After the stepwise implementation of health management systems in form of diagnostic on-board maintenance sys-tems in the latest generation of aircraft (e.g. AiRTHM (Air-bus Real-Time Health Monitoring) – Airbus, AIMS (Air-plane Information Management System) – Boeing, AHEAD (Aircraft Health Analysis and Diagnosis) – Embraer) and other technical equipment such as jet engines (Engine Con-dition Monitoring – MTU, Performance Based Logistics – GE) or trains (Remote Condition Monitoring – Future Rail-way), the pressure is high for an evolution of this technolo-gy. Integrated Vehicle Health Management (IVHM) repre-sents a set of capabilities that enable sustainable and safe operation of components and subsystems within aerospace platforms. [Rajamani, 2013]. The next step in IVHM is the ability to give prognoses on the Remaining Useful Life (RUL) of a system or component and the structure of the aircraft. This approach is covered in the term “Prognostics and Health Management” (PHM). PHM in this context consists of Integrated Systems Health Management (ISHM) and Structural Health Monitoring (SHM). To put that step into practice in an industrial environment, it is inevitable to weigh up costs vs. benefits in a Cost-Benefit Analysis (CBA). This trade-off is subject of the following investiga-tion. A methodology is presented with which it is possible to evaluate PHM on aircraft level and examples are given to show its applicability. The study shows that, under the as-sumptions made, a PHM system can benefit the design and operation of future civil aircraft. The dimensioning of struc-tures can be modified, maintenance processes adjusted, system reliability, aircraft availability and safety increased. With the help of the results presented herein and further in-depth studies of the aircraft structures/systems of interest, a sufficiently well-founded evaluation of the possible costs and benefits of the implementation of this advanced ap-proach on the PHM technology can be performed.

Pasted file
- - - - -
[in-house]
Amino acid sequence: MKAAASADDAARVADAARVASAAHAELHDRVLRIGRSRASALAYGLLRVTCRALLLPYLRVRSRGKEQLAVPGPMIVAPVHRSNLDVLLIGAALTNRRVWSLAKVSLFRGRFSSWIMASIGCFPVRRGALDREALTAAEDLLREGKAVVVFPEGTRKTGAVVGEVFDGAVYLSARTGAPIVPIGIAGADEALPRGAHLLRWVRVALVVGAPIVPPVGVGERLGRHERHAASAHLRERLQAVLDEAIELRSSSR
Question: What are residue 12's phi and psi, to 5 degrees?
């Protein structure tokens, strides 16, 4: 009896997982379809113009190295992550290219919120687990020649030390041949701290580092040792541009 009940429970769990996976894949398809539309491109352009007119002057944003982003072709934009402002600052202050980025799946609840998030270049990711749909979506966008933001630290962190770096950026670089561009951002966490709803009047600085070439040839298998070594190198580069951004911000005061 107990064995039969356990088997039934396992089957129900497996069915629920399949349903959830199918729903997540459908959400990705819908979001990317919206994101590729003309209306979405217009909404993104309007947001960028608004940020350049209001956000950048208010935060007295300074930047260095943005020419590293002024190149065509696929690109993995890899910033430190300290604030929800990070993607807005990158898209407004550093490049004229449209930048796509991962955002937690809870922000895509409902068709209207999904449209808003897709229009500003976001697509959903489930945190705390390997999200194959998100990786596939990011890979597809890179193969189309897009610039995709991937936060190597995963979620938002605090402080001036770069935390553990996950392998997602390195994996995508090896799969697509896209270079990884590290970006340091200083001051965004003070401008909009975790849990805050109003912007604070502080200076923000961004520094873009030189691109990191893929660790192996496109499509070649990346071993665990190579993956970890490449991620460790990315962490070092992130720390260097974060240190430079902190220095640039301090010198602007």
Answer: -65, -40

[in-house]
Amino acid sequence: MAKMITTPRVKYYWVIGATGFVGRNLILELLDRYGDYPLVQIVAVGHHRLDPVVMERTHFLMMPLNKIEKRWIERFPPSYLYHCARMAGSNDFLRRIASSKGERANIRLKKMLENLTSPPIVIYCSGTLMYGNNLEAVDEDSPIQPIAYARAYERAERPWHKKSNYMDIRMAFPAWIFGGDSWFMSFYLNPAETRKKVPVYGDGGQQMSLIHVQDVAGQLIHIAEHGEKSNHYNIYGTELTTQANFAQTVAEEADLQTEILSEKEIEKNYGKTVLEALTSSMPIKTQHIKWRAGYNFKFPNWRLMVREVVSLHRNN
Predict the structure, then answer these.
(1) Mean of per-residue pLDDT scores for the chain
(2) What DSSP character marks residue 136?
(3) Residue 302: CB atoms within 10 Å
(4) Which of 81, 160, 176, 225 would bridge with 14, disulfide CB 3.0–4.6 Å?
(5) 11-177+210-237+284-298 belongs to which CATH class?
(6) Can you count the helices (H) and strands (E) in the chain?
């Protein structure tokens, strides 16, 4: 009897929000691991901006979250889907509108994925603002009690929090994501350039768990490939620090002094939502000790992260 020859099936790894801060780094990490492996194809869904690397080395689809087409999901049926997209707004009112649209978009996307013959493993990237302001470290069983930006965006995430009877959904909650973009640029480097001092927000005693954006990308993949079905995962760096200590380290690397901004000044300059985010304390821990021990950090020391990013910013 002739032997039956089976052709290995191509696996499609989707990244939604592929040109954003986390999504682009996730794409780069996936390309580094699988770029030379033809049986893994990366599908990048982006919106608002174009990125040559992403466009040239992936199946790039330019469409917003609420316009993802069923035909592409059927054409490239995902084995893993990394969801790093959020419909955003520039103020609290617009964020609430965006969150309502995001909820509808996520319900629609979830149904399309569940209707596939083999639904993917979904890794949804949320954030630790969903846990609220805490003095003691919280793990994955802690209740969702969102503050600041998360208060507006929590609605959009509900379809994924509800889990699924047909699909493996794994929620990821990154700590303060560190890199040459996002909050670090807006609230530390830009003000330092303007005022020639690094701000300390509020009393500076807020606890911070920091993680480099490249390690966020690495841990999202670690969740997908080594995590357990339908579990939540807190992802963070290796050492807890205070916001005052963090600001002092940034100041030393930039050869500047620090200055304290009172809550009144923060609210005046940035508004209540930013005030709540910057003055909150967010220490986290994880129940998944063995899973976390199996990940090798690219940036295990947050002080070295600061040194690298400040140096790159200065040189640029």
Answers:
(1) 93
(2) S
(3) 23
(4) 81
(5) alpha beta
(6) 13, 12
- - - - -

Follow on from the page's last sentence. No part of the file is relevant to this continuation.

How to Cite
structural health management, Condition Based Maintenance, Integrated Vehicle Health Management, aircraft systems, Cost Benefit Analysis
Banks, J., Reichard, E., Crow, E., Nickell, E. (2005), How
Engineers Can Conduct Cost-Benefit Analysis for PHM
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